Sinking of the RMS Tayleur
This elegant sailing ship was the largest merchant vessel of her day but she was wrecked on her maiden voyage with the loss of 372 lives.
Built at Warrington for owners Charles Moore & Co, she seemed destined for years of profitable service in the booming emigrant trade.
She set sail from Liverpool in January 1854 heading for Melbourne carrying 652 passengers and crew. Most of those on board the brand spanking-new vessel were families heading for new lives in Australia.
Two days later the 1,750-ton Tayleur (pictured) struck a reef off Lambay Island, five miles east of the Irish mainland. She sank within 30 minutes and many of the emigrants were among the victims although most of the 71 crew survived.
An inquiry revealed a chronicle of faults – the compasses didn’t work because of the iron hull, the rudder was too small, rigging was faulty and there were only 37 trained seamen among the crew. They thought they were travelling south across the Irish Sea when in fact the Tayleur was heading west to disaster.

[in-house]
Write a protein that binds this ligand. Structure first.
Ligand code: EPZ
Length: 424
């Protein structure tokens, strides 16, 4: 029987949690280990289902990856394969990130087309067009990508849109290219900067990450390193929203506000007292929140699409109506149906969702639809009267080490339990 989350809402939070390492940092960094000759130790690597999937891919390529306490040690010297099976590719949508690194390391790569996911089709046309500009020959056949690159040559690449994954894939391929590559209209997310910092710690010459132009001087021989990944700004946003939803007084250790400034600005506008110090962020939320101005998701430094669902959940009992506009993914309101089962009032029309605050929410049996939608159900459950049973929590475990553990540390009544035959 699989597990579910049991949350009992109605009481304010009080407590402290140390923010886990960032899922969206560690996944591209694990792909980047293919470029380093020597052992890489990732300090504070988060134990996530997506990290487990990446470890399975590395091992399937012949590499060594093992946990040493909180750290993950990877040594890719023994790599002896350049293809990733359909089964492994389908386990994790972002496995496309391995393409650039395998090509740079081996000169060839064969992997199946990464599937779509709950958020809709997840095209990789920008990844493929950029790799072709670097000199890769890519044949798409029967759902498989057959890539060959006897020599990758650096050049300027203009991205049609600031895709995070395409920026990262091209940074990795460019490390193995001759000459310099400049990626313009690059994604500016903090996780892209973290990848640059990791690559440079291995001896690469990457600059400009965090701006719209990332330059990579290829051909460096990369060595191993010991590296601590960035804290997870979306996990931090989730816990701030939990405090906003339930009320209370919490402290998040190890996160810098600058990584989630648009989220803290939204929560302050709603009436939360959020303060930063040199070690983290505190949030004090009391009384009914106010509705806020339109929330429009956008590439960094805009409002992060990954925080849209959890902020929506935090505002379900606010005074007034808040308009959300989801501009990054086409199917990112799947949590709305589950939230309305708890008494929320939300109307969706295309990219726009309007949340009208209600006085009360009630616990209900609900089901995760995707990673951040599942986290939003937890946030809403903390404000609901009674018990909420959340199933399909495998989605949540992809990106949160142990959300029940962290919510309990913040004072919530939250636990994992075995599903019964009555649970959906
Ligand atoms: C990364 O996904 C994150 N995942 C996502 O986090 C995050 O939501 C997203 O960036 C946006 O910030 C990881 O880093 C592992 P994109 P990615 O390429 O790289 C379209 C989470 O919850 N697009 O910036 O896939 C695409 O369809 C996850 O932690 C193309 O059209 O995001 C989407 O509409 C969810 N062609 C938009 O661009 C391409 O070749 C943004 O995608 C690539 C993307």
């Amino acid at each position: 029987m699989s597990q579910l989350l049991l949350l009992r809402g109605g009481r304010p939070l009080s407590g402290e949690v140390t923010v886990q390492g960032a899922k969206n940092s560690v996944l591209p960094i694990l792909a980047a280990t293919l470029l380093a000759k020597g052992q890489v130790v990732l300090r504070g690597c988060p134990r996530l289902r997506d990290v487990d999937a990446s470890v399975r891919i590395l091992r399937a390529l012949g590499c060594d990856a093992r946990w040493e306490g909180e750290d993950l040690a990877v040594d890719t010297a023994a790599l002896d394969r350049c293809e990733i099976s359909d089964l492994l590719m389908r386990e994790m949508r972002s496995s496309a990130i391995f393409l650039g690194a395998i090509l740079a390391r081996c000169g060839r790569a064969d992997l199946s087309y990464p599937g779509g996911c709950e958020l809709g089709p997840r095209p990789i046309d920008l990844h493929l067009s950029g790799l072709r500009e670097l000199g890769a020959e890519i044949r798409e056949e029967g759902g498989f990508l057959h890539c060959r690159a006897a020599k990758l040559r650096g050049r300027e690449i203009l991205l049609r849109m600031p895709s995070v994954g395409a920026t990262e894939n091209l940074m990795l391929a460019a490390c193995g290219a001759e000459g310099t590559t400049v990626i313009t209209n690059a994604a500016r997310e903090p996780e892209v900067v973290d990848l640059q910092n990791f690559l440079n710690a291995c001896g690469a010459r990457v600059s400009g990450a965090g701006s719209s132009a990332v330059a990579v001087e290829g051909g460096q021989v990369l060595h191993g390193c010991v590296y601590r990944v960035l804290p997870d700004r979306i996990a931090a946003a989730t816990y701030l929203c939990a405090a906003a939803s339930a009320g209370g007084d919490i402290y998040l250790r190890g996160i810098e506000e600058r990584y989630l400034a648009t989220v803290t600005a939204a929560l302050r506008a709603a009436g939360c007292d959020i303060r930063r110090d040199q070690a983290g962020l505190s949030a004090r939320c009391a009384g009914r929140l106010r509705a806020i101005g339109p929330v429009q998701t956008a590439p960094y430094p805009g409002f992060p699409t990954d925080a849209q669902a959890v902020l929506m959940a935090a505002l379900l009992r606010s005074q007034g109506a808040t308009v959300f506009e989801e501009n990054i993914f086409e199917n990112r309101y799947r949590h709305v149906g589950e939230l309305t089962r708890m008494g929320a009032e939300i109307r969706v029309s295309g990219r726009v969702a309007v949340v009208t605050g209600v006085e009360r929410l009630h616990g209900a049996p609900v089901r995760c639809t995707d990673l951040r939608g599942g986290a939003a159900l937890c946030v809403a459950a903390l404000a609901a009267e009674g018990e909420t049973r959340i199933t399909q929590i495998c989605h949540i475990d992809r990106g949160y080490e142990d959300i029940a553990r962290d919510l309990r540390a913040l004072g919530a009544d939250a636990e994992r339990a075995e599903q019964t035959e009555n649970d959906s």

Out of the entire number of persons on board only 282 individuals were saved, so that 370 lives must have been lost altogether. News of the wreck having been taken to Dublin, the steam-packet Prince was sent to Lambay Island on Sunday afternoon; and next morning the whole of the passengers and crew who had been rescued were taken to Dublin, where comfortable accommodation was provided for them.
Later accounts state that nearly 50 bodies have been found, and that an inquest is to be held. The Liverpool Mercury adds the following statement:
We learn that a letter has been received from Captain Noble, but it conveys nothing like an accurate account of the cause of the disaster. It appears that he had two sails blown away in the gale of Friday and Saturday morning. His rudder, a patent one, is complained of as difficult to work, and his compasses were wrong. This is the sum of his statement. It appears that there were a little over 100 females on board, only three of whom are said to have been saved. The vessel still holds together and, as there is a large quantity of timber on board, she may continue to do so.
280 crew and passengers survived and were then faced with an almost sheer 80ft (24m) cliff to reach shelter. Amongst the hundreds that died were many entire families – Alexander Bell lost thirteen members of his family and both the Boar and Jaffray families lost nine family members in the disaster. Tragically only three out of 100 women survived – many accounts telling how they were weighed down by their clothes or lost their nerve in crossing the line from the ship to the shore.